This excerpt taken from the E 20-F filed Jun 24, 2005.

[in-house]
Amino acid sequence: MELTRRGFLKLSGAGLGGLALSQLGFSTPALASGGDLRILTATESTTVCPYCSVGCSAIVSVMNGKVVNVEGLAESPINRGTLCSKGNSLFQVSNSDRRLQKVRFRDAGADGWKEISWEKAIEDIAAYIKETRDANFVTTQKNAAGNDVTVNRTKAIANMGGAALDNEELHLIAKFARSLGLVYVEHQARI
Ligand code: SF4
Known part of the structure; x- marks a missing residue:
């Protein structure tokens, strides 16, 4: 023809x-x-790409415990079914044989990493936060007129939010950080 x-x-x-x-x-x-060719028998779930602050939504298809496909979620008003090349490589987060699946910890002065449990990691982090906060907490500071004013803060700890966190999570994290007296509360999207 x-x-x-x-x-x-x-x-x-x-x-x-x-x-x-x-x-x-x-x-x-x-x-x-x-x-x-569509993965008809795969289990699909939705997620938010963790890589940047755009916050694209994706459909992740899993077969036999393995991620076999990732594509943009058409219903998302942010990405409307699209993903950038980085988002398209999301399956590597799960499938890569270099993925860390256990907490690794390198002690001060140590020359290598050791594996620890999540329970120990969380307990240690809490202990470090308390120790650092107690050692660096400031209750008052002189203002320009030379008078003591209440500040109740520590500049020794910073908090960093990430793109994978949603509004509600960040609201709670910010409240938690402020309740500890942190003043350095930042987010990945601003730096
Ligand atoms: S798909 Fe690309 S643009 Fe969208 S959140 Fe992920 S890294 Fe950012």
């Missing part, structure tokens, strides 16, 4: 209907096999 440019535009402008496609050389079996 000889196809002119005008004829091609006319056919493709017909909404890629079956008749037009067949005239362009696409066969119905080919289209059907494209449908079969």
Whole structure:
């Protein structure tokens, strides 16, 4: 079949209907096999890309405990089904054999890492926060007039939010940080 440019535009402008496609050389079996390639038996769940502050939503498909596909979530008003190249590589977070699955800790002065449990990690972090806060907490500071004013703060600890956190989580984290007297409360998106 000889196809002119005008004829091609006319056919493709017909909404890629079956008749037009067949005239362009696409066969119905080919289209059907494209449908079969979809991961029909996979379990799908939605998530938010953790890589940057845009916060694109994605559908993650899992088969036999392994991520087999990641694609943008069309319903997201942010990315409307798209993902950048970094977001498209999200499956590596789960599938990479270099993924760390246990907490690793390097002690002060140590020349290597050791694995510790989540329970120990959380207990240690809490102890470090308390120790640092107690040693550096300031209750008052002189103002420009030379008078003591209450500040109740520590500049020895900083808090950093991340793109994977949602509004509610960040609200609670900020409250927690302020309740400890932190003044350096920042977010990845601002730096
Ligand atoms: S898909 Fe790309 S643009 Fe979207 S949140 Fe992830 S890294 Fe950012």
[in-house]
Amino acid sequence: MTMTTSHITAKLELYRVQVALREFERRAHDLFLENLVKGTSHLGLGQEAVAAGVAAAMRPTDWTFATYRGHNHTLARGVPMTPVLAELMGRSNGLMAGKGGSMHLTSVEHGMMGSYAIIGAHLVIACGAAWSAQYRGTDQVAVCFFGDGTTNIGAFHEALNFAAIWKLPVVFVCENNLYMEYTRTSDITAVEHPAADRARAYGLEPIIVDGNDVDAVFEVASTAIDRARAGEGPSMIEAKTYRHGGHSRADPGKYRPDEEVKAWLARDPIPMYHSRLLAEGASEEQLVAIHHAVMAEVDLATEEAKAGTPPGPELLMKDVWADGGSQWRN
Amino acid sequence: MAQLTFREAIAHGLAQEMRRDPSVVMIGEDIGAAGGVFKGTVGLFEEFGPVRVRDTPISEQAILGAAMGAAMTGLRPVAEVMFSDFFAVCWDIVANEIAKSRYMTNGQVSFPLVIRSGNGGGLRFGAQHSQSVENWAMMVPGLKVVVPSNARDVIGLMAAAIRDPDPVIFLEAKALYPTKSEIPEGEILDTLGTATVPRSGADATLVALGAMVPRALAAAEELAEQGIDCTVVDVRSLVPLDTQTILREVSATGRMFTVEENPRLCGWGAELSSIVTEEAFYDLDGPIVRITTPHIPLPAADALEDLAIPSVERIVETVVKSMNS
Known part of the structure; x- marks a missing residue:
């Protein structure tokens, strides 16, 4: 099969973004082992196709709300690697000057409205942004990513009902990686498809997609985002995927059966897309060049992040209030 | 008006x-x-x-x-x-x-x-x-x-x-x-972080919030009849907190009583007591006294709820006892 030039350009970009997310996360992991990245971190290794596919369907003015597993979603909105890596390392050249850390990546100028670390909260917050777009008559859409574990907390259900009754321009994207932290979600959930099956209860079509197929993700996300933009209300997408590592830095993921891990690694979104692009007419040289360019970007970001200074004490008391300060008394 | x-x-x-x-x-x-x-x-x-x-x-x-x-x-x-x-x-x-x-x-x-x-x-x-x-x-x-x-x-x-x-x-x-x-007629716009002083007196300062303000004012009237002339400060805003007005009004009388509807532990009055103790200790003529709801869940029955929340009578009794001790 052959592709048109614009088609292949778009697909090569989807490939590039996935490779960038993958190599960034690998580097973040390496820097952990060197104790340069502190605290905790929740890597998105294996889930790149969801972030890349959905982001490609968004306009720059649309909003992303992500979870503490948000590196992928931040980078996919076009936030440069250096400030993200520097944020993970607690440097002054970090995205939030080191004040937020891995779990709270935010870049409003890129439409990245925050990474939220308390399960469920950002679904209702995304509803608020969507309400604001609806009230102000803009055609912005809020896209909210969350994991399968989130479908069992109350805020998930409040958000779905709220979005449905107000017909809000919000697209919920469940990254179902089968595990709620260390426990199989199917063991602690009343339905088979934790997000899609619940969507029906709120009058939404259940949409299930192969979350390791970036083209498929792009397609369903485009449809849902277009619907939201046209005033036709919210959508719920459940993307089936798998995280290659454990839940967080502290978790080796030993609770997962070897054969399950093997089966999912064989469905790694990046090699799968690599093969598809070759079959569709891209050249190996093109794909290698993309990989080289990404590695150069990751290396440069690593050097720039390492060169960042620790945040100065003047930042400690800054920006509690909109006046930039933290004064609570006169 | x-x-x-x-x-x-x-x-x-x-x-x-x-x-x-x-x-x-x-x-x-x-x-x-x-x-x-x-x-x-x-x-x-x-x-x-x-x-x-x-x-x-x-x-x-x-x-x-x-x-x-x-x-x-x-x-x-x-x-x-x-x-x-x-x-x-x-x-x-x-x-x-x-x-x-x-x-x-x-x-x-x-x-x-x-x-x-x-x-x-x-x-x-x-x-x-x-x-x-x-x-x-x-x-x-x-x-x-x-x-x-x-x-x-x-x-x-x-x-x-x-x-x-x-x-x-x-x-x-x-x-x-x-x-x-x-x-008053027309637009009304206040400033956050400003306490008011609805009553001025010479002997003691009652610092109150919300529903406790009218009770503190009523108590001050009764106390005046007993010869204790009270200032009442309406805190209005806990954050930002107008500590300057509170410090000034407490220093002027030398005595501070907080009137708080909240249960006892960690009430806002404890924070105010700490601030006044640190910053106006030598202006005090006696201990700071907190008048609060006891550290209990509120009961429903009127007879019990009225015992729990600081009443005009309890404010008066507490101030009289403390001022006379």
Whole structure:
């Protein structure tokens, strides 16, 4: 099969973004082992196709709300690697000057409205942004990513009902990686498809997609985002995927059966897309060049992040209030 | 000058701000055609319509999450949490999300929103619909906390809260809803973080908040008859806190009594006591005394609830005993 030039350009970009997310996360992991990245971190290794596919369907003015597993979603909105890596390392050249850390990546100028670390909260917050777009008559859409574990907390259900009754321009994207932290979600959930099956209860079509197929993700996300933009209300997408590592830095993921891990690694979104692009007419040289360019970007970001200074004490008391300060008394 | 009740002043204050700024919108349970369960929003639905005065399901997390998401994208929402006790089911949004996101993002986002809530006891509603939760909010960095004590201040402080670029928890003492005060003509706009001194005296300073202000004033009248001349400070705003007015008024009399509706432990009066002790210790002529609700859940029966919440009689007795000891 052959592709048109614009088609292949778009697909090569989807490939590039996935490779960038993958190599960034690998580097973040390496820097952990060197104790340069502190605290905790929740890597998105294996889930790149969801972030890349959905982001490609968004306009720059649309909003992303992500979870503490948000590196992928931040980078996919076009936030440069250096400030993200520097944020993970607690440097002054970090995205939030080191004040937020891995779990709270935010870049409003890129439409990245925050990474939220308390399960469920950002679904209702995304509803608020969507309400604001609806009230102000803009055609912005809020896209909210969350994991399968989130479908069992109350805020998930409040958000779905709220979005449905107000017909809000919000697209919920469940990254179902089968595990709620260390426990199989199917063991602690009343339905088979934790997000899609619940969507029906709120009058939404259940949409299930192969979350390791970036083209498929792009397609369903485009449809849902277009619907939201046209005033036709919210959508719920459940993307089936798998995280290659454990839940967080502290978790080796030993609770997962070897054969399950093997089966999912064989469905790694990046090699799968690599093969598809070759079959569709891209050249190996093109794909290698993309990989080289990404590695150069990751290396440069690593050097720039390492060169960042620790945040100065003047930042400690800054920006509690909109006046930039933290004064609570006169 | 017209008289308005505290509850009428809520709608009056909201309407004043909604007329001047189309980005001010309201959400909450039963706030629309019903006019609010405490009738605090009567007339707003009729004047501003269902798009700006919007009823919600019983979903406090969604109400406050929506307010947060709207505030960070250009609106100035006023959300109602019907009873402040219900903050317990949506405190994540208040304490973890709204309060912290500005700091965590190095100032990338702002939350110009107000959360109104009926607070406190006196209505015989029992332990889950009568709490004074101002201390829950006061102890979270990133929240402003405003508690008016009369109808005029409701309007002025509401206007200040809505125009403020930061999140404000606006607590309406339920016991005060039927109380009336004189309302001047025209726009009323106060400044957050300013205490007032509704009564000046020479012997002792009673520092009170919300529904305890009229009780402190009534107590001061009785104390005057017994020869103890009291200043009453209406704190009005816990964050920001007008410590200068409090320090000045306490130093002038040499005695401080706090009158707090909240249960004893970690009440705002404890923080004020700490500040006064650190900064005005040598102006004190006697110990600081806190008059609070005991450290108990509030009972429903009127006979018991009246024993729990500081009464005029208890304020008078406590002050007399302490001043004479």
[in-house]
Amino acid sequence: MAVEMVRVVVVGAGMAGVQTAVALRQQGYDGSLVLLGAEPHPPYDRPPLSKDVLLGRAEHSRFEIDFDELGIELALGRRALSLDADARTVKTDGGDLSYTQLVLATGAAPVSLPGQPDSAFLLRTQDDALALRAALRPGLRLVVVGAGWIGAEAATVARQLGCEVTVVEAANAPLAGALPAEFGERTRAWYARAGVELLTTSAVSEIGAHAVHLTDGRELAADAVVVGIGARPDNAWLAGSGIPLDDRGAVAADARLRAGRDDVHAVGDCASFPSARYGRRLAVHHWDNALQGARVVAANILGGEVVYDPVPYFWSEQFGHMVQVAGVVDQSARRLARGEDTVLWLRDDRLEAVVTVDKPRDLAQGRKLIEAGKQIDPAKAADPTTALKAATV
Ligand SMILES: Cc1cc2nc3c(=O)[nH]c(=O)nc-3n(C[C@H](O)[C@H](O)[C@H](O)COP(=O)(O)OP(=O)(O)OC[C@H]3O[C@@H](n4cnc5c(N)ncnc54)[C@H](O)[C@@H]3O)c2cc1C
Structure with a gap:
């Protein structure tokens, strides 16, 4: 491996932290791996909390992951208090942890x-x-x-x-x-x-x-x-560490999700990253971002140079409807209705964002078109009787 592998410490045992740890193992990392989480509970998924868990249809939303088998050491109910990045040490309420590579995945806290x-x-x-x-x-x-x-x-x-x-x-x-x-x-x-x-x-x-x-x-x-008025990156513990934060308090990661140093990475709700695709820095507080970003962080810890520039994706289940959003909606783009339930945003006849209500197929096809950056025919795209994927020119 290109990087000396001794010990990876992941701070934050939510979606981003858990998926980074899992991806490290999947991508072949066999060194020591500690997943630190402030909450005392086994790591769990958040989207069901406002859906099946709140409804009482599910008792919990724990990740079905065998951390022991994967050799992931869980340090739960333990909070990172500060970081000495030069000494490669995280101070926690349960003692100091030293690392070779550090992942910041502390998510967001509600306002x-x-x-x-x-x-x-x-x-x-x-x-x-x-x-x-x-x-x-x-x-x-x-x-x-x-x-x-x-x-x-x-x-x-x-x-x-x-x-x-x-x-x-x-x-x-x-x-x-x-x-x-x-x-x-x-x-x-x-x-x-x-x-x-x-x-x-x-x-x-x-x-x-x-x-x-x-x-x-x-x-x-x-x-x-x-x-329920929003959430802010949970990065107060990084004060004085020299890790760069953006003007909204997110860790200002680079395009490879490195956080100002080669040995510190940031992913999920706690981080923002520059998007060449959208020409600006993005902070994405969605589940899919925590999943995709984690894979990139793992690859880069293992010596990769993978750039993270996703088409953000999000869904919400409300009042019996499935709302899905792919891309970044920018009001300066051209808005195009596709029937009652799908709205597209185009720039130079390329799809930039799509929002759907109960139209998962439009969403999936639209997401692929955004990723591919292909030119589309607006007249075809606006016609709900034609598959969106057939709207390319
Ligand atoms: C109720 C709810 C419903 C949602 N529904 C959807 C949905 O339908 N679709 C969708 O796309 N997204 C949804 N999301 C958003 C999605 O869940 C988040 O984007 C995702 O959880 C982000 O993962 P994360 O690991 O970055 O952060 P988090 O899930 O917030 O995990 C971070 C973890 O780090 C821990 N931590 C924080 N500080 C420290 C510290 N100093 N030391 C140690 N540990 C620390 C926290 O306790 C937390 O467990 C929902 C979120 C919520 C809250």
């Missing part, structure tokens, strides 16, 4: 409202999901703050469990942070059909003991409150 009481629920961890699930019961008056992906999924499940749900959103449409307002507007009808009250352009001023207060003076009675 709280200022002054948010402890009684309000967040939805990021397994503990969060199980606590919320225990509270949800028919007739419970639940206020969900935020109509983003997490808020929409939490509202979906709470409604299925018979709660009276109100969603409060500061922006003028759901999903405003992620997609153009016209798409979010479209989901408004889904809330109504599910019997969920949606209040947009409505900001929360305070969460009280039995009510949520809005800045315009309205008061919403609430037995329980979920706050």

Eni capitalizes goodwill and amortizes it over its useful economic life, which is not to exceed 20 years from the date of acquisition. The assessment of useful economic life involves management making judgments and assumptions over the nature of the acquired business, the economic environment in which it operates, and the period of time over which the value of the business is expected to exceed the value of assets. Different assumptions and judgments may lead to a different amortization charge being recognized in income during the period. Under U.S. GAAP goodwill is not amortized, instead it is subjected to an annual impairment test. This annual impairment test includes two steps, firstly it is determined whether the fair value of the reporting unit, which holds a portion or all of the goodwill, exceeds the reporting unit's carrying value (inclusive of goodwill). If the fair value of the reporting unit exceeds the carrying value no further action is required, however, if the reporting unit's carrying value exceeds it's fair value a second step is required. Step two of the test is to determine an estimated fair value for the goodwill. This is done by allocating the fair value of the reporting unit amongst its assets and liabilities to determine an indirect estimated fair value of goodwill. If the assessed fair value of goodwill is lower than the carrying amount an impairment charge is recognized for the difference between the two. Central to the annual impairment test for goodwill is the determination of estimated fair value amounts. Management most commonly estimates fair values by discounting future estimates of cash flows, therefore, the outcome of the impairment test is sensitive to future cash flow estimates and changes thereto and the selection of the rate at which to discount the future cash flow estimates.